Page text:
The Officially Unofficial Reference Guide
DynamicAlignment is a semi-automatic image registration system for deep-sky images. It works quite easily. After you've opened the DynamicAlignment dialog, click on an image (source image), then on a second image (target image). The target will be registered to match the source.
Then a set of alignment points are defined, which obviously are stars. DynamicAlignment's sophisticated interface includes an adaptive star-searching algorithm, which is independent on brightness/contrast. This means that you can register linear raw CCD images without problems (using ScreenTransferFunctions to see the stars without altering the images). DynamicAlignment also includes a useful prediction system: starting from the second star, it will predict the target position of every source star.
Ref#: Index of the currently selected alignment reference.
Navigation toolbar: In order:
X/Y: Source star position x,y axis. These are the horizontal and vertical position of the computed star barycenter for the currently selected alignment reference in the source image.
Rs/Rt: Source and target star radius. Half-size of the currently selected alignment reference in the source (Rs) and target (Rt) image. This value is computed automatically by DynamicAlignment's star detection/modeling algorithm.
eX/eY: Error in the last predicted target position, x,y coordinates. Difference in pixels between the horizontal and vertical coordinates of the computed and predicted star barycenter in the target image. When two or more alignment references are defined, DynamicAlignment predicts target star positions for each newly selected star. Coordinate prediction is performed building an image registration model on the fly, based on all existing alignment references except the new one. You can use prediction errors to evaluate the quality of the image registration model being defined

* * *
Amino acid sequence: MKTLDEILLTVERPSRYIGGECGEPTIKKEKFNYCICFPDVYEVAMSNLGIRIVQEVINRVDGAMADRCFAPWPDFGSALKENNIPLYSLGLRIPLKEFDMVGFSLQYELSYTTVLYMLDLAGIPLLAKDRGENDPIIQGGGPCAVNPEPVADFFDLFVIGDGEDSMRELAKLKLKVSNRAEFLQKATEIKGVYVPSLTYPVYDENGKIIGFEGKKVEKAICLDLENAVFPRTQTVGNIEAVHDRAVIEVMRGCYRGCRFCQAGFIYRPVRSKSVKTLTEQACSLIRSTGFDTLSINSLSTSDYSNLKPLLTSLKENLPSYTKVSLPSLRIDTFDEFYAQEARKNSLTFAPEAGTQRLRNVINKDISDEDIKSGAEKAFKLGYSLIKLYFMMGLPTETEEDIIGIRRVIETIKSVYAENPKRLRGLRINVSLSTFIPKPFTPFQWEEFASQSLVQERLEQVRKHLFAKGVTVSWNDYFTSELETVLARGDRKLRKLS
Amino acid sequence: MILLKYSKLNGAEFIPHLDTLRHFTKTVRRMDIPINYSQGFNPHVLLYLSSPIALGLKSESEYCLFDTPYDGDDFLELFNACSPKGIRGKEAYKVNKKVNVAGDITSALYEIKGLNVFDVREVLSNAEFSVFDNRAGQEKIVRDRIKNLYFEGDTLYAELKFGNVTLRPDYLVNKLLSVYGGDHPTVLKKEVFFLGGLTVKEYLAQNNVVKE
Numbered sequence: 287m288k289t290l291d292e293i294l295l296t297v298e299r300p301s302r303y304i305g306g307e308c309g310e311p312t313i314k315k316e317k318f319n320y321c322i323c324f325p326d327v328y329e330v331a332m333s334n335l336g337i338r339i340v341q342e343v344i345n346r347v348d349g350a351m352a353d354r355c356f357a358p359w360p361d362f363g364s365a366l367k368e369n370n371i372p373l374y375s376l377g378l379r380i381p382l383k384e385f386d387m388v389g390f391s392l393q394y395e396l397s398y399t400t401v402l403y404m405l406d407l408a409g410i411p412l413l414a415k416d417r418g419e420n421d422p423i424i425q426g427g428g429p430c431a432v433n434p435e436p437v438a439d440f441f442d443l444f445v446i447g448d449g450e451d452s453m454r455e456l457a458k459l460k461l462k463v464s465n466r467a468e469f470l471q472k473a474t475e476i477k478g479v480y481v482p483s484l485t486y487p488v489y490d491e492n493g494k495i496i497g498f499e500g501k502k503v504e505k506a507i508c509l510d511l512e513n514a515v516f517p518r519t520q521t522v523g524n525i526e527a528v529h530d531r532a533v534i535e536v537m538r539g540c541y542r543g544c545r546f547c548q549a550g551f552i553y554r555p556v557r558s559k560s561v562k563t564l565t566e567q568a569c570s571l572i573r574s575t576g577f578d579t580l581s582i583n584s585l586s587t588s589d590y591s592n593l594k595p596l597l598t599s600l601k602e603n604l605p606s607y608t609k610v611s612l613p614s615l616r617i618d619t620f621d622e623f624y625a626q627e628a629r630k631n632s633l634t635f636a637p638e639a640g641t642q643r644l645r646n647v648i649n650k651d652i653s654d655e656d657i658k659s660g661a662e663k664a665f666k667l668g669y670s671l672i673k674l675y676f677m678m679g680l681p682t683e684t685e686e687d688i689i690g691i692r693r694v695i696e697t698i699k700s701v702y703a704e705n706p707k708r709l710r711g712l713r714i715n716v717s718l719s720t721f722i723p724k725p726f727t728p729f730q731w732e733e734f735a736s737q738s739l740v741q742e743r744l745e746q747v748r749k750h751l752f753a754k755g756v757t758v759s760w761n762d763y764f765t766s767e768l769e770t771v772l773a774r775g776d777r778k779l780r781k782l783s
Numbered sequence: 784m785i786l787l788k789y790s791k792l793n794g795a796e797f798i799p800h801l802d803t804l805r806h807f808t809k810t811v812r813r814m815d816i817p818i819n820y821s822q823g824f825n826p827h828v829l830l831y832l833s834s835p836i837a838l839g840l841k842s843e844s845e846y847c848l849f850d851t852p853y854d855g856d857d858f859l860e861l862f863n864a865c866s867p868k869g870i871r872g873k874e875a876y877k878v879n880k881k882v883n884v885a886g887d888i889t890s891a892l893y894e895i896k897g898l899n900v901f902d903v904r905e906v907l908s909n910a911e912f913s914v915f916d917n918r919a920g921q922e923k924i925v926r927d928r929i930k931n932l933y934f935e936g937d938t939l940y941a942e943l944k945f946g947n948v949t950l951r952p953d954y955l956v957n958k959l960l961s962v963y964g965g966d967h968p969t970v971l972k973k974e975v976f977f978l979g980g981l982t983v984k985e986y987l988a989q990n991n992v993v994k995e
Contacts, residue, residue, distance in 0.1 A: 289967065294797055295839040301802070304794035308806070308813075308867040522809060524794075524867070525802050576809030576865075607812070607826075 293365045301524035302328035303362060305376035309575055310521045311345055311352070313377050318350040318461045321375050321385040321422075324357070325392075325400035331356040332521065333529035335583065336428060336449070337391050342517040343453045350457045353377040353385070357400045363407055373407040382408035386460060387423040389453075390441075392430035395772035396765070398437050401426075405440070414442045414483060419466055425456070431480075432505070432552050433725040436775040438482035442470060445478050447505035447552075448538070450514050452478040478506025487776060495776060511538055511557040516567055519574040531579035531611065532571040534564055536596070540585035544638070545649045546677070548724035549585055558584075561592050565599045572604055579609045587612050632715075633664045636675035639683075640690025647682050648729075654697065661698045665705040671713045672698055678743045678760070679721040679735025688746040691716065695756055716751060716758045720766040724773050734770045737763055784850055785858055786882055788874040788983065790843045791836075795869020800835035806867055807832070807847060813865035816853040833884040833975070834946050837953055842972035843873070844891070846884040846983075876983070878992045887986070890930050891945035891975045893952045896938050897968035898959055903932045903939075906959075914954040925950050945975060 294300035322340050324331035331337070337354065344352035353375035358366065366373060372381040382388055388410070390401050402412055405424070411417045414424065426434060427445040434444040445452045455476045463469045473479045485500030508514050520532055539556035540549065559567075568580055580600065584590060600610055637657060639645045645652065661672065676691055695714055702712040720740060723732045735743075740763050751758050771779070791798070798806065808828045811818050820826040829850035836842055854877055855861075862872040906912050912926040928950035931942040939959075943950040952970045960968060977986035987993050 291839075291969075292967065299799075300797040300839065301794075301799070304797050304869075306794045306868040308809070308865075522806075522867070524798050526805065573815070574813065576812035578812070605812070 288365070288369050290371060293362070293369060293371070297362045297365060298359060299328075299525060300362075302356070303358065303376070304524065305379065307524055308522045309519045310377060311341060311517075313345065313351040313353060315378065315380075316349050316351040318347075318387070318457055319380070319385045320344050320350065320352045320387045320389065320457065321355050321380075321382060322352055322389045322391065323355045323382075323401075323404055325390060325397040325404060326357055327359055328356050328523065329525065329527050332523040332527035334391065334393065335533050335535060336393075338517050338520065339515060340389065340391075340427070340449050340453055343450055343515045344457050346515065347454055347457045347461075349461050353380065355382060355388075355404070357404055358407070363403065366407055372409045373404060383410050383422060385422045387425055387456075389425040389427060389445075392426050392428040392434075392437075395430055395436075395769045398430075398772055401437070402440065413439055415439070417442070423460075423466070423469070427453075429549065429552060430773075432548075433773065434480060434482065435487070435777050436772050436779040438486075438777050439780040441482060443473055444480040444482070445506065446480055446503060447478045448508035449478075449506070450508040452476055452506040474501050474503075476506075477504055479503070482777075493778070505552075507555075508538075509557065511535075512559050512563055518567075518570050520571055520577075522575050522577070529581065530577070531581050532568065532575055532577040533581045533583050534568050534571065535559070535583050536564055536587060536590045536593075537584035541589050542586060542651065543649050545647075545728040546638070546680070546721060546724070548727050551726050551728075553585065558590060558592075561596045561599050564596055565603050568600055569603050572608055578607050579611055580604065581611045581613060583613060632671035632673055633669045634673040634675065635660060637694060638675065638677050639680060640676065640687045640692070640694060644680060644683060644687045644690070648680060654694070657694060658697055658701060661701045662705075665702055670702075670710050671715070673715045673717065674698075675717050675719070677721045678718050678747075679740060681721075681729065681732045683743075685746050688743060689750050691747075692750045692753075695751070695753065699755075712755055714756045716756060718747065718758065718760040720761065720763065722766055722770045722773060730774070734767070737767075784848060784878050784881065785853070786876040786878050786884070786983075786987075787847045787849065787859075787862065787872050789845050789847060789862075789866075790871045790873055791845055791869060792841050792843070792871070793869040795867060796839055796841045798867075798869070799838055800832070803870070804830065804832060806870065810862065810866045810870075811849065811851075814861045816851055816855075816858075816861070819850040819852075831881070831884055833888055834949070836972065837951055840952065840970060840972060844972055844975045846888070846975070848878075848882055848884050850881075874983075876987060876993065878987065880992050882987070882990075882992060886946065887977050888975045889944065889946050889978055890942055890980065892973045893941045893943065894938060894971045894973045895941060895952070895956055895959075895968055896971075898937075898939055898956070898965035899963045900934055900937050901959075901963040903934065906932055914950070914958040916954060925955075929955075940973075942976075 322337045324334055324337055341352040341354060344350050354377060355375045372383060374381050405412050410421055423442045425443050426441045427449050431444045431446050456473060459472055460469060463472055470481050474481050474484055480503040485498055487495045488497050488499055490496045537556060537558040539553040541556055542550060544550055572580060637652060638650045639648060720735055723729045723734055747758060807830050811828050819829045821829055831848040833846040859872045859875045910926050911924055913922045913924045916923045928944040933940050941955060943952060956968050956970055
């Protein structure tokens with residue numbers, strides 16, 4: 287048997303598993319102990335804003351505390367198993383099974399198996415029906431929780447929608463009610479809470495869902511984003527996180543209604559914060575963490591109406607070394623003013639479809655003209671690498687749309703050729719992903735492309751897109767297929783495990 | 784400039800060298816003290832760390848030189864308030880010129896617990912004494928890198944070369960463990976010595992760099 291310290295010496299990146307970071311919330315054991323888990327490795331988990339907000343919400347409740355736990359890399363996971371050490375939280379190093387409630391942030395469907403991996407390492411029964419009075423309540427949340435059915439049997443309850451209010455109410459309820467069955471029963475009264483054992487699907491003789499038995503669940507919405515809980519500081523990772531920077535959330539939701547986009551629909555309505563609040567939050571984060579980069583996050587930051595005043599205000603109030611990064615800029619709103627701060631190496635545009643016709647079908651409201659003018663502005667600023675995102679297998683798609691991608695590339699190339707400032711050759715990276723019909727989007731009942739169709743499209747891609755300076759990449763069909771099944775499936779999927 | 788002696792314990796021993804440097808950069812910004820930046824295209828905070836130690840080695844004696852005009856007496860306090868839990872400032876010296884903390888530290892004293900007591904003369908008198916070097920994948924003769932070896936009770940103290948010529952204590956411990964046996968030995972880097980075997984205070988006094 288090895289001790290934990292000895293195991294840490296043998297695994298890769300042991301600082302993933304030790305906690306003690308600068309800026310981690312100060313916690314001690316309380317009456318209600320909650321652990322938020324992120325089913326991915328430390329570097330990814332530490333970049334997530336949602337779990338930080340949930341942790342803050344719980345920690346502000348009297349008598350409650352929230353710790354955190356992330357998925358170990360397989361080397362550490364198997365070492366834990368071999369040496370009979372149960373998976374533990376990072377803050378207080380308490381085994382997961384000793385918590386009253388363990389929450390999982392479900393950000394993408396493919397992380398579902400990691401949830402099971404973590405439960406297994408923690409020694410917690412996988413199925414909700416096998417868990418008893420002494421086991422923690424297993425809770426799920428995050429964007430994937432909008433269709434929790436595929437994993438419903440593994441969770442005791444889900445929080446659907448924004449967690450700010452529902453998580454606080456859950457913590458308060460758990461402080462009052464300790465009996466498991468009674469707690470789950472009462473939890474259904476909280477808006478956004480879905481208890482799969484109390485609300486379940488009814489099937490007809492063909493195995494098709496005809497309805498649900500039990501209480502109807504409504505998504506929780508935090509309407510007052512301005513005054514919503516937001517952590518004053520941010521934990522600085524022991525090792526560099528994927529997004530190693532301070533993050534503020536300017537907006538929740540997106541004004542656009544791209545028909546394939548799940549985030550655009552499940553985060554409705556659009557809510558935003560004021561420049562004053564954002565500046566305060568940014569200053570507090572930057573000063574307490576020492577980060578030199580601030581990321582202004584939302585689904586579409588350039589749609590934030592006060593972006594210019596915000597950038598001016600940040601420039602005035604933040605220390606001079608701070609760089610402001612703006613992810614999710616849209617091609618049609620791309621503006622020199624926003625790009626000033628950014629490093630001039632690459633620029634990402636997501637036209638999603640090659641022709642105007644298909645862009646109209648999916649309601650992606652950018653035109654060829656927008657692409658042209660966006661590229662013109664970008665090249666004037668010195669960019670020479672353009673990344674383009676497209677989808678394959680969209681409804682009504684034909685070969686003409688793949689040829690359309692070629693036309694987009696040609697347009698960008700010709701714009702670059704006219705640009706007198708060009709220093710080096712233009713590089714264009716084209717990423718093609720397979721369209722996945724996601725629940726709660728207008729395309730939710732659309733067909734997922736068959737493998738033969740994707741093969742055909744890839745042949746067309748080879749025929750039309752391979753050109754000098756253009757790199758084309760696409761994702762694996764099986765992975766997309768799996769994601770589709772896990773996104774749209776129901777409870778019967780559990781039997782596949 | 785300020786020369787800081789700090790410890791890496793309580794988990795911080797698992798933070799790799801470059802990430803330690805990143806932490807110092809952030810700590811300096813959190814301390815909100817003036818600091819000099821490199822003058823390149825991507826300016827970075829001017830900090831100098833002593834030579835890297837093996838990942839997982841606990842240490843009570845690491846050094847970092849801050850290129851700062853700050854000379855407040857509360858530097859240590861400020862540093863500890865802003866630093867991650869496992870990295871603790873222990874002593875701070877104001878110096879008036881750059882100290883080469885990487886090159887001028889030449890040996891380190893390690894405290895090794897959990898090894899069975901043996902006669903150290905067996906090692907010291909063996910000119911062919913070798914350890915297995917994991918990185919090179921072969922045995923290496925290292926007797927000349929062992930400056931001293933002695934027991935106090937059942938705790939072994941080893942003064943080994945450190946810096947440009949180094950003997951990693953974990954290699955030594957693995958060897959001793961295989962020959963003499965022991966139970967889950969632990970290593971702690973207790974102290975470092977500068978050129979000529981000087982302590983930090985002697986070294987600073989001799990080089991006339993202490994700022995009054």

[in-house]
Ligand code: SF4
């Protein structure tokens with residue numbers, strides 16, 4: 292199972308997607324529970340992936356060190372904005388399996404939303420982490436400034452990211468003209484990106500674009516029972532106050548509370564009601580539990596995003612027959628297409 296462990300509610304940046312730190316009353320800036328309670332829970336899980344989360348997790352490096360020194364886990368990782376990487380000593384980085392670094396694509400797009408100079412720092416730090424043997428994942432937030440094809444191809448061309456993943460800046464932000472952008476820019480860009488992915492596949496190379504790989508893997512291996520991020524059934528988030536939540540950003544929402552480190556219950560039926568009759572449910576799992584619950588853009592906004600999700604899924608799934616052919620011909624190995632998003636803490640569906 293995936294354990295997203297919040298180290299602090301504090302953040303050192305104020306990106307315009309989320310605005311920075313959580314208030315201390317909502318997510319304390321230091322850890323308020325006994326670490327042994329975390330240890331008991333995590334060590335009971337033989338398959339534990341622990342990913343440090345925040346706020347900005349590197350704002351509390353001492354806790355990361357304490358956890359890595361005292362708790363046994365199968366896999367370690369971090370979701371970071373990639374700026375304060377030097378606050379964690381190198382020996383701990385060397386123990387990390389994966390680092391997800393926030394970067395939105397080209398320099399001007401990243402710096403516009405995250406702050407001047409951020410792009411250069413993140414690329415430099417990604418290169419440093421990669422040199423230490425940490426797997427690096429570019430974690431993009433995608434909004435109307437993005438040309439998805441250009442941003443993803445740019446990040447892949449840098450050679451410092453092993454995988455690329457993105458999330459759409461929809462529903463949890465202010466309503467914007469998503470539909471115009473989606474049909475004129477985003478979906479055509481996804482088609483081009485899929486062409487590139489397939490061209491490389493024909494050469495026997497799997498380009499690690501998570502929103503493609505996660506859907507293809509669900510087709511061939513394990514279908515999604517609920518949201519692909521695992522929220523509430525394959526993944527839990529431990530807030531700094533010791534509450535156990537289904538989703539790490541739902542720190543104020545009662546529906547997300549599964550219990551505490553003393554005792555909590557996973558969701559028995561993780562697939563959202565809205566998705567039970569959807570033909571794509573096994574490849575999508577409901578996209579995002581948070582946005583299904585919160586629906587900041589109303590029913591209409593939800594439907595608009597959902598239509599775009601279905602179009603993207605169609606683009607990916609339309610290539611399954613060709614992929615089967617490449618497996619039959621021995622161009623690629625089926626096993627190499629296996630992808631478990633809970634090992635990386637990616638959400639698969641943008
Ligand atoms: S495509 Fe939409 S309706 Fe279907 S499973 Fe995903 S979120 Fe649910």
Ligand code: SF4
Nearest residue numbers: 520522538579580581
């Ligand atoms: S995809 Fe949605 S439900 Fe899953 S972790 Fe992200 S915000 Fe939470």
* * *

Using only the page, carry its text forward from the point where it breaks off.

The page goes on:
To force a new prediction of coordinates for any existing reference, just select and move it slightly with the mouse. In this way the alignment reference will be recalculated, along with its predicted coordinates.
dX/dY: Differential star position (target-source) x,y coordinates. This is the difference in pixels between the horizontal and vertical coordinates of the target and source positions for the current reference. It measures the vertical displacement of the target image with respect to the source image for the current alignment reference.
Source search radius: Initial search radius in the source image. This parameter determines the size in pixels of the initial search box used to detect valid alignment references on the source image. Increase it to favor detection of larger structures. Decrease to facilitate finding relatively small features; for example to deal with dense star fields.